Coaching ● Jun 26, 2020

Local coaches benefit from Elite Coaching Applications webinar series by Ivan Jolic


SINGAPORE, 26 JUNE 2020 – Over the course of two weeks, the Football Association of Singapore (FAS) held the two-part Elite Coaching Applications webinar series, which concluded on 10 June.


Helmed by Ivan Jolic, the current Assistant Coach of the Australian women’s national team and the A-League’s newest team, Macarthur FC, each session was attended by close to 100 participants. They comprised a mix of Head Coaches, Heads of Youth Development, Centre of Excellence (COE) Coaches from the AIA Singapore Premier League (SPL) clubs, as well as other local-based coaches.


Jolic, 45, was identified to helm the sessions due to his extensive experience in elite coaching methodologies and mentoring expertise. The former National Soccer League player, who holds a Football Federation of Australia (FFA)/AFC Pro License, is also a FFA Coach Developer and drew on his extensive research and experience at top clubs in Europe and Asia to provide insight for the participants.


The webinar, which is part of the FAS Technical Capability Development Series that aims to upskill local coaches and technical staff, began last Tuesday afternoon (4 June). Throughout the hour-long session, Jolic touched on the current trend of possession-based football and its implications on teams’ successes. Trends from Europe’s top five leagues since 2015 till present were analysed, along with annual reports from FIFA’s Technical Study Group to highlight how the most successful teams tend to adopt a short and quick-passing game.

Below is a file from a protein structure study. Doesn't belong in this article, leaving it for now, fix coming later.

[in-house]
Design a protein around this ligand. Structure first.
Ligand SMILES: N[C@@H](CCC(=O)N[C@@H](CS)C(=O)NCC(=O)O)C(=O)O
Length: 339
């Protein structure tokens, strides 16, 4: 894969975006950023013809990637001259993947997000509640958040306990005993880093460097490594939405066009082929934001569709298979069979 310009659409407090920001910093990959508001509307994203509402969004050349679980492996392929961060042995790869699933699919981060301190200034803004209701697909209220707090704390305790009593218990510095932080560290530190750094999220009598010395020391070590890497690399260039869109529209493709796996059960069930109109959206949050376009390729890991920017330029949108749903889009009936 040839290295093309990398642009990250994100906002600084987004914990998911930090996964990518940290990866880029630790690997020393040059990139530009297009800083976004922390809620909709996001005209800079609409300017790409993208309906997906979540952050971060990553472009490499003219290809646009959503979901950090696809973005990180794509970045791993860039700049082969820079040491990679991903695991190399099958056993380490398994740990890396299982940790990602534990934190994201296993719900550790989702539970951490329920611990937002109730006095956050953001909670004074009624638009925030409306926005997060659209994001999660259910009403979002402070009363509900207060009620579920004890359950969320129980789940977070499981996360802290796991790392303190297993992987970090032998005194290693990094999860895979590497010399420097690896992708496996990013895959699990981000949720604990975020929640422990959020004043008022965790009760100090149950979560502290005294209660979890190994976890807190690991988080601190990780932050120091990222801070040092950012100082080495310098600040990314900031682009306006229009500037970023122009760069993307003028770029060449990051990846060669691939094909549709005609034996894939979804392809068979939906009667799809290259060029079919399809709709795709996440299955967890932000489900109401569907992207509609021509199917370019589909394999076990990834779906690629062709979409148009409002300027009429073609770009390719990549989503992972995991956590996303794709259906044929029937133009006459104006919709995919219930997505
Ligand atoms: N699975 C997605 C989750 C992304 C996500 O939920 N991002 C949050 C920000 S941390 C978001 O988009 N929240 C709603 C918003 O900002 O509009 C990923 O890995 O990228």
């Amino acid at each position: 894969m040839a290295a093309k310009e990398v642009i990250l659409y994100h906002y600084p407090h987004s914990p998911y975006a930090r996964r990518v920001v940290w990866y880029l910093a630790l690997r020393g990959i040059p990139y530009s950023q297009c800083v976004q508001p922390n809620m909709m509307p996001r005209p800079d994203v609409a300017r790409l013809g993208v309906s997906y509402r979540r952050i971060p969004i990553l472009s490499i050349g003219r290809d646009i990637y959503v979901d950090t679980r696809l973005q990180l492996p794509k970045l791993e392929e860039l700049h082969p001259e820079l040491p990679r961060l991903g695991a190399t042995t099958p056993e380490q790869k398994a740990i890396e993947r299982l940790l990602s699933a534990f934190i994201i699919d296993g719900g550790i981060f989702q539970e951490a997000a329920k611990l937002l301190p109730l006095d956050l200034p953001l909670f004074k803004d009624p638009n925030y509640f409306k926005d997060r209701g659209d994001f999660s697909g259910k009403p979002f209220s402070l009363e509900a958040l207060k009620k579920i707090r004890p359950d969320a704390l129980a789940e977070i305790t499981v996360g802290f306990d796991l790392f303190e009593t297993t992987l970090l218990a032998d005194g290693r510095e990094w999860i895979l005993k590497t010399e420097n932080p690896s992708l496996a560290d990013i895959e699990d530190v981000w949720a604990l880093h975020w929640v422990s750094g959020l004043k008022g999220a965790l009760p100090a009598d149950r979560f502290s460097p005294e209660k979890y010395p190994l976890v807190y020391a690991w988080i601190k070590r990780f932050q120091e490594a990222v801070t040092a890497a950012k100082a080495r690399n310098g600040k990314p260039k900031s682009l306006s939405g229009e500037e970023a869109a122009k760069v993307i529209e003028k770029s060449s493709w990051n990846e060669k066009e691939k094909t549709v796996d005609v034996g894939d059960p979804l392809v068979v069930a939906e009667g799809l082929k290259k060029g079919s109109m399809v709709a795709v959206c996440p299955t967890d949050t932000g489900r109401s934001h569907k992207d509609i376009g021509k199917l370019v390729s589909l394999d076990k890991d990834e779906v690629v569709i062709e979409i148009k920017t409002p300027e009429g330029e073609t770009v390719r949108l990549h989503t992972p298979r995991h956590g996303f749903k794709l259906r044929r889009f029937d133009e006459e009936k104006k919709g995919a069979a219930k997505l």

In the second session, Jolic then demonstrated the importance of planning – this meant having a properly detailed schedule set up for the team, both on and off the field, so that players and staff know when and where they need to be and what they need to do. “The players understand that as a professional footballer, you have to work professional hours,” he said, drawing on examples from the Westfield Matildas’ recent friendlies against Chile and his time as assistant coach at A-League sides Melbourne City and Central Coast Mariners.


“The primary aim of the first webinar was to expose coaches to some objective facts relating to current trends in the modern game,” Jolic told “The data clearly showed that teams controlling the game via possession are most successful. If we use a simplistic metric of measuring controlled possession (known as Pass Per 90), we see that the most successful teams average well above 600 passes. The average of all teams across the top five leagues in Europe is approximately 440.


“In the second webinar, I wanted to share my experiences (as I was) hopeful of exposing the coaches to ‘Best Practise Workflows’ of a professional coach and how this process can be used effectively to bring a playing style to life.”